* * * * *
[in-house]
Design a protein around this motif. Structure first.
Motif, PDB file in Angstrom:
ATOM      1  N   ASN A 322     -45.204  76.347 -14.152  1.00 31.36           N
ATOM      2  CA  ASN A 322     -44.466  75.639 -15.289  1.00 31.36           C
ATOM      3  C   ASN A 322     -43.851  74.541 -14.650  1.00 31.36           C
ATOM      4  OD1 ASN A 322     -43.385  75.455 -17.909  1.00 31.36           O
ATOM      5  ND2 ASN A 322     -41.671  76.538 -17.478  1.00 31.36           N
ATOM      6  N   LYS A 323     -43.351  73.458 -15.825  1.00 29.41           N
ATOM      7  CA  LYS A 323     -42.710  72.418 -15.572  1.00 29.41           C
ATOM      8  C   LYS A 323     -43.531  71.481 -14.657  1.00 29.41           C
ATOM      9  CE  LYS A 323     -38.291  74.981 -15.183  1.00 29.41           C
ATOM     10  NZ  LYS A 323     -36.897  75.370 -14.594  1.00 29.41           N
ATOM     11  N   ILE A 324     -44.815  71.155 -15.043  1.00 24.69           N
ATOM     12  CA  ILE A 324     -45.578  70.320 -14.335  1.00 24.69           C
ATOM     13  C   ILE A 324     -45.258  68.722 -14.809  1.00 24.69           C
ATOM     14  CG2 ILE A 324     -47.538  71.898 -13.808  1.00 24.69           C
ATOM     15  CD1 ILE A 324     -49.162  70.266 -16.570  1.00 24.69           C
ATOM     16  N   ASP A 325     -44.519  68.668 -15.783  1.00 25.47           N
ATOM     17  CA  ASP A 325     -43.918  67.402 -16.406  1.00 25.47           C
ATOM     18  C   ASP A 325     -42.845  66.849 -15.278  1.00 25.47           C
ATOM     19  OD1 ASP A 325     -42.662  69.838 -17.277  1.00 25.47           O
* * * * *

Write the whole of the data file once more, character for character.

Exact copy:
[in-house]
Design a protein around this motif. Structure first.
Motif, PDB file in Angstrom:
ATOM      1  N   ASN A 322     -45.204  76.347 -14.152  1.00 31.36           N
ATOM      2  CA  ASN A 322     -44.466  75.639 -15.289  1.00 31.36           C
ATOM      3  C   ASN A 322     -43.851  74.541 -14.650  1.00 31.36           C
ATOM      4  OD1 ASN A 322     -43.385  75.455 -17.909  1.00 31.36           O
ATOM      5  ND2 ASN A 322     -41.671  76.538 -17.478  1.00 31.36           N
ATOM      6  N   LYS A 323     -43.351  73.458 -15.825  1.00 29.41           N
ATOM      7  CA  LYS A 323     -42.710  72.418 -15.572  1.00 29.41           C
ATOM      8  C   LYS A 323     -43.531  71.481 -14.657  1.00 29.41           C
ATOM      9  CE  LYS A 323     -38.291  74.981 -15.183  1.00 29.41           C
ATOM     10  NZ  LYS A 323     -36.897  75.370 -14.594  1.00 29.41           N
ATOM     11  N   ILE A 324     -44.815  71.155 -15.043  1.00 24.69           N
ATOM     12  CA  ILE A 324     -45.578  70.320 -14.335  1.00 24.69           C
ATOM     13  C   ILE A 324     -45.258  68.722 -14.809  1.00 24.69           C
ATOM     14  CG2 ILE A 324     -47.538  71.898 -13.808  1.00 24.69           C
ATOM     15  CD1 ILE A 324     -49.162  70.266 -16.570  1.00 24.69           C
ATOM     16  N   ASP A 325     -44.519  68.668 -15.783  1.00 25.47           N
ATOM     17  CA  ASP A 325     -43.918  67.402 -16.406  1.00 25.47           C
ATOM     18  C   ASP A 325     -42.845  66.849 -15.278  1.00 25.47           C
ATOM     19  OD1 ASP A 325     -42.662  69.838 -17.277  1.00 25.47           O